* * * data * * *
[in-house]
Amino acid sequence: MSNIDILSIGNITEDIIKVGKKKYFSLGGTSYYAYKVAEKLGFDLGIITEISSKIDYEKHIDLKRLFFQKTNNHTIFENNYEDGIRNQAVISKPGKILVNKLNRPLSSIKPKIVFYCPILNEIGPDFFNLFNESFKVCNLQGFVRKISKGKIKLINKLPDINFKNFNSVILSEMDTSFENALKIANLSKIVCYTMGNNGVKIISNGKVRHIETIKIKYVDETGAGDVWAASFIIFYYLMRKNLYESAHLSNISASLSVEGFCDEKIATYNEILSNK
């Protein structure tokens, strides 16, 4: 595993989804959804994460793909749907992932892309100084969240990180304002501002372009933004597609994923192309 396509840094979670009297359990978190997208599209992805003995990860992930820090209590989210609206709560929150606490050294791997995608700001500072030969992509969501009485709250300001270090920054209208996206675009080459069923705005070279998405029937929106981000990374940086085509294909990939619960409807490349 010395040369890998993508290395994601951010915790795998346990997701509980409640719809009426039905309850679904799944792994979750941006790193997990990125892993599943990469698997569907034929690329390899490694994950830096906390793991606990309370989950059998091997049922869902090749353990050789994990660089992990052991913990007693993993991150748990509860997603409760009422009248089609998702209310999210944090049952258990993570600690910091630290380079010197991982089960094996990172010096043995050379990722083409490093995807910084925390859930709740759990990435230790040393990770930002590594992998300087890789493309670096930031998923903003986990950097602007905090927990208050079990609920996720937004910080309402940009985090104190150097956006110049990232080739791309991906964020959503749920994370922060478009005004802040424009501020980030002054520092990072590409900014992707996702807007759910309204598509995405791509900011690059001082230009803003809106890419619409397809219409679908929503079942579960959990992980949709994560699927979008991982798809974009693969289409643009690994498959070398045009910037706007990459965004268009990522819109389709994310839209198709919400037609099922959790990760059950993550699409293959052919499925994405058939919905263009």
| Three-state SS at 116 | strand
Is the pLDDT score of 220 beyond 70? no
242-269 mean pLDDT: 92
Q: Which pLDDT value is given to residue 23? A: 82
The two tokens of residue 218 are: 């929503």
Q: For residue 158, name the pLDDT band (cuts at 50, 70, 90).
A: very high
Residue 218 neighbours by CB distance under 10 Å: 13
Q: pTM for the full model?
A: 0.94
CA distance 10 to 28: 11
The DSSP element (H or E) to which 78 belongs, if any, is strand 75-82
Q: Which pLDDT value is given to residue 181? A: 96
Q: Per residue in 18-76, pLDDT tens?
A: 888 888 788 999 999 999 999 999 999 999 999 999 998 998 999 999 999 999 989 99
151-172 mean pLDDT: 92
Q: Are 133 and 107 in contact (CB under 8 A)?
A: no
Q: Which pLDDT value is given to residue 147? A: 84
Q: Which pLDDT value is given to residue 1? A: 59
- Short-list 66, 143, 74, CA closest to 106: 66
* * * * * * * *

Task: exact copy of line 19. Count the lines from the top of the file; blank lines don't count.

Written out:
151-172 mean pLDDT: 92